The magician starts by arranging 16 cards in a square grid: 4 rows of cards, with 4 cards in each row. Each card has a different number from 1 to 16 written on the side that is showing. Next, the magician asks a volunteer to choose a card, and to tell him which row that card is in.

Finally, the magician arranges the 16 cards in a square grid again, possibly in a different order. Once again, he asks the volunteer which row her card is in. With only the answers to these two questions, the magician then correctly determines which card the volunteer chose. Amazing, right?

You decide to write a program to help you understand the magician's technique. The program will be given the two arrangements of the cards, and the volunteer's answers to the two questions: the row number of the selected card in the first arrangement, and the row number of the selected card in the second arrangement. The rows are numbered 1 to 4 from top to bottom.

Your program should determine which card the volunteer chose; or if there is more than one card the volunteer might have chosen (the magician did a bad job); or if there's no card consistent with the volunteer's answers (the volunteer cheated).

Solving this problem

Usually, Google Code Jam problems have 1 Small input and 1 Large input. This problem has only 1 Small input. Once you have solved the Small input, you have finished solving this problem.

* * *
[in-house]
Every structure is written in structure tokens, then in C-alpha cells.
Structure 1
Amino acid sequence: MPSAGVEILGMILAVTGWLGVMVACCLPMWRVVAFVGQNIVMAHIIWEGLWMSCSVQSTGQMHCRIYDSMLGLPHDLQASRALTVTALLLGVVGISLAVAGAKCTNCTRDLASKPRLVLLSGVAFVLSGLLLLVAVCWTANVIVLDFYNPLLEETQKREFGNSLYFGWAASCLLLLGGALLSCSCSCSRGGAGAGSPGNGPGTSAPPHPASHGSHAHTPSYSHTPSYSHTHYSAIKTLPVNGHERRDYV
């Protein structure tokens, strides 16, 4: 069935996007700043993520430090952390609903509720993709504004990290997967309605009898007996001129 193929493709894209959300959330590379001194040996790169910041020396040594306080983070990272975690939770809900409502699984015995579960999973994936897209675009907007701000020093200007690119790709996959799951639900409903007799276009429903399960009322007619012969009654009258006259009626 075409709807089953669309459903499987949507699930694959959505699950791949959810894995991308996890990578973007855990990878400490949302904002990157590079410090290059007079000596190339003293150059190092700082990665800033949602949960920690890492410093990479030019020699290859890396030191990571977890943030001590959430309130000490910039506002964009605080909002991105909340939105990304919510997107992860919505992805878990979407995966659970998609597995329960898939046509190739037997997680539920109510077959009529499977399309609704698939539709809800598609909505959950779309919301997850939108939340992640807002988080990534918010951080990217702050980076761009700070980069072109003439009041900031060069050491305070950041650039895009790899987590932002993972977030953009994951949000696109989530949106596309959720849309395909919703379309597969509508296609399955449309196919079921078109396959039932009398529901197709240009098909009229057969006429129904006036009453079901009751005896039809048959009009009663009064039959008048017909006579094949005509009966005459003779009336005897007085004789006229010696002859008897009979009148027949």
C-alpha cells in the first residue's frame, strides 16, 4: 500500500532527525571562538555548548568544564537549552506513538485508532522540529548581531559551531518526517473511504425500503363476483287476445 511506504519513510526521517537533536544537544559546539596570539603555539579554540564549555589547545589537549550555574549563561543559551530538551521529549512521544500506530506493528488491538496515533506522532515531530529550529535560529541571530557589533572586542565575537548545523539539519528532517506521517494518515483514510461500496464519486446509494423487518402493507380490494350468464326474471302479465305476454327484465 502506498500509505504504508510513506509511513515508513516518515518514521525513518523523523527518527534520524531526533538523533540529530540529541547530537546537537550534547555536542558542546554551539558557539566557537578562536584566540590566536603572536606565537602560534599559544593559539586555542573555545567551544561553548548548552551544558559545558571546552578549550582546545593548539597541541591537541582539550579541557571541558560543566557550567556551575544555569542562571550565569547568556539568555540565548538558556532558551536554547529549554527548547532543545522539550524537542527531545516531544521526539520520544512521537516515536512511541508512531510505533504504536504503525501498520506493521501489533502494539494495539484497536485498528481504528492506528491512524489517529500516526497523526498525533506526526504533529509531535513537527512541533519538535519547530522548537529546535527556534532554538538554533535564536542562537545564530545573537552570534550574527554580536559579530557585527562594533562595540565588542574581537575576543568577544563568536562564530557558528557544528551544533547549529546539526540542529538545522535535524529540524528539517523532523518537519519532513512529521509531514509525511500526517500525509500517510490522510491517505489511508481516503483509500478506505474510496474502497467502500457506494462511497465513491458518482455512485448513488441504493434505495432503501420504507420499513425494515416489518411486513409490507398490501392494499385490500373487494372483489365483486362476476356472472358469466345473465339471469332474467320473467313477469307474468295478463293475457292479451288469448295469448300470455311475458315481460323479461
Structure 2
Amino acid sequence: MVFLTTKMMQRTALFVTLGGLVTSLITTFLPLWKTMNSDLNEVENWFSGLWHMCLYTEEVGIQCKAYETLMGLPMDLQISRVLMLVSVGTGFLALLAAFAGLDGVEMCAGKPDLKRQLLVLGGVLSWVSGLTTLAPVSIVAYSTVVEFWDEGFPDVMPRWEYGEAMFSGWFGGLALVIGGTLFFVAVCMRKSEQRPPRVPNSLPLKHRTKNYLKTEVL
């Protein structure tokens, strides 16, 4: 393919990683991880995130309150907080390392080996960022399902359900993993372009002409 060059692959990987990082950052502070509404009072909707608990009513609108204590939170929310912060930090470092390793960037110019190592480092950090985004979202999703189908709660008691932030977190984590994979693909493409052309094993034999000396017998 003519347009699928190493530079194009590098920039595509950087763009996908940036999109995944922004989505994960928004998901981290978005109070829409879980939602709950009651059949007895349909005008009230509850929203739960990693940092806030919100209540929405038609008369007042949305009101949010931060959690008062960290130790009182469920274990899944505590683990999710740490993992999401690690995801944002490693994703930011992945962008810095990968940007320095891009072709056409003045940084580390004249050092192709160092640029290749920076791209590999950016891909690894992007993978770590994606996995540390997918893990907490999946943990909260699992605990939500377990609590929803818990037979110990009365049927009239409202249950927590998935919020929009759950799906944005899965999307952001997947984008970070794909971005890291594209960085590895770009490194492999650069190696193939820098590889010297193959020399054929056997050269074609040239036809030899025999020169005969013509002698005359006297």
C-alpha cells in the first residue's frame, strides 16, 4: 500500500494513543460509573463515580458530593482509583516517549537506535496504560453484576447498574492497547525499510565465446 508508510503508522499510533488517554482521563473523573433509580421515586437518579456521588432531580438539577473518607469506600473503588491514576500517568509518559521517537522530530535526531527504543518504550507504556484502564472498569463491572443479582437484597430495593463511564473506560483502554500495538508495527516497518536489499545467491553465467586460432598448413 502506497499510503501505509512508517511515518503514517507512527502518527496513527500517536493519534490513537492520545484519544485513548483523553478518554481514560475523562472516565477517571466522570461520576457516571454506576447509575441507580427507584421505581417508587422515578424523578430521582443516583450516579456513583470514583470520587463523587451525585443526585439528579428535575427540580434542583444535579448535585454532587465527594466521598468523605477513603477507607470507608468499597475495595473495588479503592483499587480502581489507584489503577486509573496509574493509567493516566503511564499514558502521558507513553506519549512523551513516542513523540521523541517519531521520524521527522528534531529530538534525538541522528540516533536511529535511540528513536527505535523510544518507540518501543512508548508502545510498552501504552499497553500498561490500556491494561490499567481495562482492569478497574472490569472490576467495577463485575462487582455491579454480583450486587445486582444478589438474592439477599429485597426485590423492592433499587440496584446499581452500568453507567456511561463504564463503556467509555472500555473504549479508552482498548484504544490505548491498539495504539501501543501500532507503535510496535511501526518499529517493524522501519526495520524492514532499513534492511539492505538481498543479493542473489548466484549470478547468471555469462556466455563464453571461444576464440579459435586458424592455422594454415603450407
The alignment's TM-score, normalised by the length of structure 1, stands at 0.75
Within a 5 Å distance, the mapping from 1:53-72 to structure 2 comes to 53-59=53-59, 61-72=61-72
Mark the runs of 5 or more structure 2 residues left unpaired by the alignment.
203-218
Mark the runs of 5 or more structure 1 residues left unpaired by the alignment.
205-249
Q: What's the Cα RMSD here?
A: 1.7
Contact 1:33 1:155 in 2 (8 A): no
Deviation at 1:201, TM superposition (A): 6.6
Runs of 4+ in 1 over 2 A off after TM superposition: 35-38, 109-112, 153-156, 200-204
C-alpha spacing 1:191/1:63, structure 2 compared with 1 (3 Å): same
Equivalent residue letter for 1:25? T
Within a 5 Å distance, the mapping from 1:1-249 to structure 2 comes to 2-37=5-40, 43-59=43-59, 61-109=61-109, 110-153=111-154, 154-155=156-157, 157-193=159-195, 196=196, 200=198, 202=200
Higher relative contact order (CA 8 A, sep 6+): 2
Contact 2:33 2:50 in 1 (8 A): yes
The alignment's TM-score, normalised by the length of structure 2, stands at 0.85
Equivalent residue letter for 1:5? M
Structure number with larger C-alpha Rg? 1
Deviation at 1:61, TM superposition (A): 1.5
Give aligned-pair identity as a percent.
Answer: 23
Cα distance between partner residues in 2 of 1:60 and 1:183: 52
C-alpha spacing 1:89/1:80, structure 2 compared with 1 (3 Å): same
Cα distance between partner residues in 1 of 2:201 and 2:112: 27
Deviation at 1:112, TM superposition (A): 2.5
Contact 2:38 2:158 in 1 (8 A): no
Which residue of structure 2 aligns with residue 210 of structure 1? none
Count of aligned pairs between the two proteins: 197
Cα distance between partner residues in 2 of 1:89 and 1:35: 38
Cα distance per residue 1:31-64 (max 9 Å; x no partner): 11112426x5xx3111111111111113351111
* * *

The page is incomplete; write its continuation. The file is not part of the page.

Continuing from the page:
Input

The first line of the input gives the number of test cases, T. T test cases follow. Each test case starts with a line containing an integer: the answer to the first question. The next 4 lines represent the first arrangement of the cards: each contains 4 integers, separated by a single space. The next line contains the answer to the second question, and the following four lines contain the second arrangement in the same format.

Output

For each test case, output one line containing "Case #x: y", where x is the test case number (starting from 1).

If there is a single card the volunteer could have chosen, y should be the number on the card. If there are multiple cards the volunteer could have chosen, y should be "Bad magician!", without the quotes. If there are no cards consistent with the volunteer's answers, y should be "Volunteer cheated!", without the quotes. The text needs to be exactly right, so consider copying/pasting it from here.

Limits

1 ≤ T ≤ 100.
1 ≤ both answers ≤ 4.
Each number from 1 to 16 will appear exactly once in each arrangement.

Sample Input
------------

3
2
1 2 3 4
5 6 7 8
9 10 11 12
13 14 15 16
3
1 2 5 4
3 11 6 15
9 10 7 12
13 14 8 16
2
1 2 3 4
5 6 7 8
9 10 11 12
13 14 15 16
2
1 2 3 4
5 6 7 8
9 10 11 12
13 14 15 16
2
1 2 3 4
5 6 7 8
9 10 11 12
13 14 15 16
3
1 2 3 4
5 6 7 8
9 10 11 12
13 14 15 16

Sample Ouput
------------

Case #1: 7
Case #2: Bad magician!
Case #3: Volunteer cheated!

For the above problem statement, my Java program parses only the input rows that are required. These 2 rows are stored in an ArrayList's and then sent as parameters to the required method. In the method, I am only checking for the count of occurrences of every number. Based on the count, the program spits out the result, as described in the above Problem statement.

Below is my solution in Java:



And the link to the Github Java Gist: GCJ 2014 - Magic Trick Problem